Healthy fashion shouldn’t be an oxymoron.
Looking healthy isn’t only what others say looks healthy, but it’s also how we see ourselves in the mirror. It’s also how we see ourselves reflected in the eyes and attitudes of those we care about. To me that’s a big part of healthy fashion.
(In the interest of length for this post, I’m going to put aside the ethical and ecological side of how and where clothing and shoes are produced.)
What brought this on? I love fashion. There I said it! I also love comfort. In fact, I love comfort more than I love fashion – if I had to choose. I don’t like having to choose. I love healthy fashion.
I also like what I wear to express who I am.
That means who I’m living as in my day-to-day life; as well as how I see myself in my adventurous, playful, confident, joyful, unique, eternal self. To me healthy fashion can express that.
That said, I love getting older. I’m in my 60th year, and it feels fine. I recognize my skin is never likely to be as smooth as it was in my 30s. Nor as firm. My hair never had body, and it still doesn’t. But I do have plenty of it. I like being tall and fit, yet my middle thickens. As has been true for decades, the only real reason I need a bra is because I am self-conscious about being eternally on high-beam, (a la Farrah Fawcet in that famous poster…remember?)
I have trouble finding healthy fashions that allow me to express my true self
And I empathize with women who are shorter, stouter, differently proportioned, differently complexioned, and who have a need to express themselves differently than I do.
First, shoes. In my book, New Joints and Other Mixed Blessings, I mention the importance of wearing shoes that keep us on our feet.
So I want shoes that look good with what I choose to wear, but that have a stable base, i.e. heels 1″ or under, and no slides. Since I have a narrow heel, that also means they need to fasten across my instep, one way or another.
I also mention in my book that clothes that are too tight or too loose and “flowy” can impede our movements and responses.
I’ve always had broad shoulders and strong arms. I still do. So I want tops that have armholes that allow me to hug my friends without being” arm-strangled.” BUT I also want those tops to skim my torso while neither hugging my “ribs” nor hanging like a bag. AND I want them to be long enough to allow me to reach high without exposing my waist band, and all that suggests. AND…AND I want tunics to actually serve as tunics and go to mid-thigh, at least!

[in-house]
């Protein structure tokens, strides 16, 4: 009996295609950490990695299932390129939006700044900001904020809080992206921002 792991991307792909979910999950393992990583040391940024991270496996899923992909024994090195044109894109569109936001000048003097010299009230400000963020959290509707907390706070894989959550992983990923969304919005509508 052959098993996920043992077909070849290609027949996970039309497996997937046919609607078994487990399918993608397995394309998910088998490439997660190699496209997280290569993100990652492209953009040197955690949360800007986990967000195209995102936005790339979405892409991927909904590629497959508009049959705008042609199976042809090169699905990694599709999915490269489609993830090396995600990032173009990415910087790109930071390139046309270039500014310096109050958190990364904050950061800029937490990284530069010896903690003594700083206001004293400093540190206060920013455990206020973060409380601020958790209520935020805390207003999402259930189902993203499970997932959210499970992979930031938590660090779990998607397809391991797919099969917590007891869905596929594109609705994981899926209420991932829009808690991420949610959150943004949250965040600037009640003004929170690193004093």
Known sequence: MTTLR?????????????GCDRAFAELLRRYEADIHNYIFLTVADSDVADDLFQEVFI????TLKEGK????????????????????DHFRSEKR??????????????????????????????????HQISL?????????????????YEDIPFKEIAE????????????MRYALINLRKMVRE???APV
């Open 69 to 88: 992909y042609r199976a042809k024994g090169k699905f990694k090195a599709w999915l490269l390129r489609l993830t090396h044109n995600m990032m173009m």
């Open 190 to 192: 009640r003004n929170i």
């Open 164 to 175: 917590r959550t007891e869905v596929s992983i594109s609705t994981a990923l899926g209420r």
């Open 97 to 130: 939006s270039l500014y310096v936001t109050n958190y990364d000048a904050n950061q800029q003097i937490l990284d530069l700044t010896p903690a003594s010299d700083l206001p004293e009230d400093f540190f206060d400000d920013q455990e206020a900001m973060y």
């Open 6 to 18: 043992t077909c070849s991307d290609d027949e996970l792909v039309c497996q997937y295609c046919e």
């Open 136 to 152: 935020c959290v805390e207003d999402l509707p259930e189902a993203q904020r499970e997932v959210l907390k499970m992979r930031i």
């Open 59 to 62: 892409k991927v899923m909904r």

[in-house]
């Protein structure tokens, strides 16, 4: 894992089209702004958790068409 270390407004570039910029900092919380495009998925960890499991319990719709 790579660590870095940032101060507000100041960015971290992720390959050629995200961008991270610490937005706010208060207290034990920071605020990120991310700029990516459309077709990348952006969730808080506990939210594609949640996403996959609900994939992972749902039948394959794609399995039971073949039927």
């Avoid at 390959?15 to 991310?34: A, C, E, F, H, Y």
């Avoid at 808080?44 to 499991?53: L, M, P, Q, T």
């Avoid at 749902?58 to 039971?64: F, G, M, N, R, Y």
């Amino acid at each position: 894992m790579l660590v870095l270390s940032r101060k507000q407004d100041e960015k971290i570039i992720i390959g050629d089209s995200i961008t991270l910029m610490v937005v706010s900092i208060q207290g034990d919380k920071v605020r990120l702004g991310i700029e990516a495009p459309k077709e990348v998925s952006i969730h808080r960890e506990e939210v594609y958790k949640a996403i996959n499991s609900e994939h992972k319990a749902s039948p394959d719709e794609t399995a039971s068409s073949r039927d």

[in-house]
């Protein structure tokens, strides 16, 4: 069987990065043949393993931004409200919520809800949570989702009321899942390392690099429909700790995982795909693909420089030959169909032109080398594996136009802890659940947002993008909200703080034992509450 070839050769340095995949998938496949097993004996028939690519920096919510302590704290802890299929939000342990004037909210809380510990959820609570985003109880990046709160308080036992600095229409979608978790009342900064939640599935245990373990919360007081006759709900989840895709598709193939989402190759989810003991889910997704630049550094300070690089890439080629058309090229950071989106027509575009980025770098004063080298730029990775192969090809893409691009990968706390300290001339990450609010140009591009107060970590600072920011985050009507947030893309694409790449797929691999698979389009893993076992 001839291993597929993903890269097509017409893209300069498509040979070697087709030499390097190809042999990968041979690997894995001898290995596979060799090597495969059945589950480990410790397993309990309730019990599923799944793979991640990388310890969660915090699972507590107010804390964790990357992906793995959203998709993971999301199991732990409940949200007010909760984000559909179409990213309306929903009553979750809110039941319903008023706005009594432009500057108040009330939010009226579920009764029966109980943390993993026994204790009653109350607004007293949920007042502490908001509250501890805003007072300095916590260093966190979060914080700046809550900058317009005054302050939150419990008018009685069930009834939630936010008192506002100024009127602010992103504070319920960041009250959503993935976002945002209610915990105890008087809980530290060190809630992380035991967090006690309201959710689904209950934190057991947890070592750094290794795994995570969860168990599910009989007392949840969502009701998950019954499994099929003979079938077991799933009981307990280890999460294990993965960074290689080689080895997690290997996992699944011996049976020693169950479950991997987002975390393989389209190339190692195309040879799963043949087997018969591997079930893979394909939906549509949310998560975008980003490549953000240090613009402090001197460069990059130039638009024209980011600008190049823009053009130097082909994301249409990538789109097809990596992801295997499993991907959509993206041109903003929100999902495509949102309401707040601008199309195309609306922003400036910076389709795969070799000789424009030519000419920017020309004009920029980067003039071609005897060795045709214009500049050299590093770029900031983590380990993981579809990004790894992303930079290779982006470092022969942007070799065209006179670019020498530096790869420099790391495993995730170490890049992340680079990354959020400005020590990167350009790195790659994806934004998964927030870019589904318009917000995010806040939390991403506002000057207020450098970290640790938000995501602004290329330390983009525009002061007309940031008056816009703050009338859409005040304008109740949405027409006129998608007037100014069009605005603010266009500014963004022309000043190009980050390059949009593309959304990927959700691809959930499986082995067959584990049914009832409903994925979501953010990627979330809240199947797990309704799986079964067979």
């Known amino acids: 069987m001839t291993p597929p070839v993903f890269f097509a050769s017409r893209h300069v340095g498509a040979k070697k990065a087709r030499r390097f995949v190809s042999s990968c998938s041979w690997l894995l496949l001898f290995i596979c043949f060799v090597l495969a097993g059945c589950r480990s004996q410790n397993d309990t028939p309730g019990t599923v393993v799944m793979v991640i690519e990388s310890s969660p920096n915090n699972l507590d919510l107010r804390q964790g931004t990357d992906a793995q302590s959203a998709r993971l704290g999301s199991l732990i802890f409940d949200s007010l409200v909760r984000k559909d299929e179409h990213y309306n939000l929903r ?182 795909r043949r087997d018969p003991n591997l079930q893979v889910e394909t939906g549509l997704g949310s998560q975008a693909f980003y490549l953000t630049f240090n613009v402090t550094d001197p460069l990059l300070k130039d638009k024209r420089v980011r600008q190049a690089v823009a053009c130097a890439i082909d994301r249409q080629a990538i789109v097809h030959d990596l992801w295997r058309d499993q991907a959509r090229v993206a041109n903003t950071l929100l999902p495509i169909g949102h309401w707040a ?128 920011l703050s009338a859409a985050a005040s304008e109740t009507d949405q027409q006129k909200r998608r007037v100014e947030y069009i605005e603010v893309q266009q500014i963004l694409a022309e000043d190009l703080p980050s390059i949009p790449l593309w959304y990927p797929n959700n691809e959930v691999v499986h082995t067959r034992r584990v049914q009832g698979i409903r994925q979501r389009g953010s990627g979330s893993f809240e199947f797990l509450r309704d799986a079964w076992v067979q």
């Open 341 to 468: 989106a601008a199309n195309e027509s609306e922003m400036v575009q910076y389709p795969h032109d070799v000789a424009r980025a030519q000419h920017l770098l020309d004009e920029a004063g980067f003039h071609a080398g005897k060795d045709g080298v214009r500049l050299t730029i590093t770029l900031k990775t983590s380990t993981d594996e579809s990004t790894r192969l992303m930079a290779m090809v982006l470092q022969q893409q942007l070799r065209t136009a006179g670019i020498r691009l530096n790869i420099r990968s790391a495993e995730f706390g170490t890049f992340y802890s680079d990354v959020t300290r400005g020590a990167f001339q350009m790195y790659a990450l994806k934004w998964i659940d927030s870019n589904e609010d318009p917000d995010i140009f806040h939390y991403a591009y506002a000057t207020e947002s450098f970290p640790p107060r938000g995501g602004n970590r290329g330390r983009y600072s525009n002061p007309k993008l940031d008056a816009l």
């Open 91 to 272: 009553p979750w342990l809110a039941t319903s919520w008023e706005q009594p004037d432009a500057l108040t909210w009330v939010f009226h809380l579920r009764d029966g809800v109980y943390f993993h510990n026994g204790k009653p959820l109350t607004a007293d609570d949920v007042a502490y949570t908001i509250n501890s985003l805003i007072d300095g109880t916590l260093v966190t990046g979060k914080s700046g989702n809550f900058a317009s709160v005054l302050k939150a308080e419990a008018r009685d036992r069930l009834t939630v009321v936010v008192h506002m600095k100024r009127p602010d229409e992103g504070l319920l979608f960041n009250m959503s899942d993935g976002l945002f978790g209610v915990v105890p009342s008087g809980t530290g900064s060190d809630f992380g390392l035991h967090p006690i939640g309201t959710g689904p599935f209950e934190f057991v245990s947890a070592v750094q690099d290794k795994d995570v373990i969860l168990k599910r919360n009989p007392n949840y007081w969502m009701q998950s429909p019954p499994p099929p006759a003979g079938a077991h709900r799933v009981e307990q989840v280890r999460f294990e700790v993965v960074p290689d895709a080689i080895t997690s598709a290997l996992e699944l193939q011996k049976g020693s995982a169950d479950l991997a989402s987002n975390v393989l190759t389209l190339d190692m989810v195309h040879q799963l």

I want colors to go with my multi-hued flesh
..and my multi-hued hair. I want stylish collars that frame my long neck, because scarves, though I like them, can be so fussy and hard to keep in place. In short, I want a colorful, comfy, streamlined look that’s easy to wear…AND I want to see it modeled on someone over 50 who is regularly a size 12 or over, especially at 5′ 8″ or taller.
For too long fashion has hobbled the bodies and the spirits of women, especially older women. And when I hear a woman wearing high heels say, “Oh, they are actually very comfortable…” I want to scream – long and loud.
Now I can talk about pants… and this can be funny. Wedgies, muffin-tops, waist strangulation, breath-holding…not so funny after all. Consistent sizing would be nice, even within a single brand. I would like to be as comfortable sitting down as I am standing in them. Length is usually a problem too, no matter your height. Consistent sizing in length would be nice too.
Oh yeah! And stretchy waistlines, without those bunchy elasticized waistbands that flatter no one. The crotch depth (for you former seamstresses), or waist height must be deep enough to go over the hip bones to somewhere near the waist, and also avoid the seated wedgie.
Skirts seem to be the least problematic for many of us. EXCEPT it’s so dang hard to find comfortable shoes that look good with them!
And there the circle begins again. Healthy fashion.
I live out here in the country where my go-to fashion is jeans and a comfy t-type shirt. With my broad shoulders and angular jaw, regular t-shirts make me feel like a linebacker – not one of my self-images of choice. I freely admit I love shopping Goodwill because I can try on 50 gazillion brands and sizes of jeans and tops and every few visits come away with something that fits a few of my criteria. When I go regular shopping I can spend lots more time looking and trying on, and find less satisfaction.
I long to find a favorite designer; one who gets me and my size, for more than half a season. Until then, I’ll continue the hopeful lottery of clicking on teasing website ads for just the chance…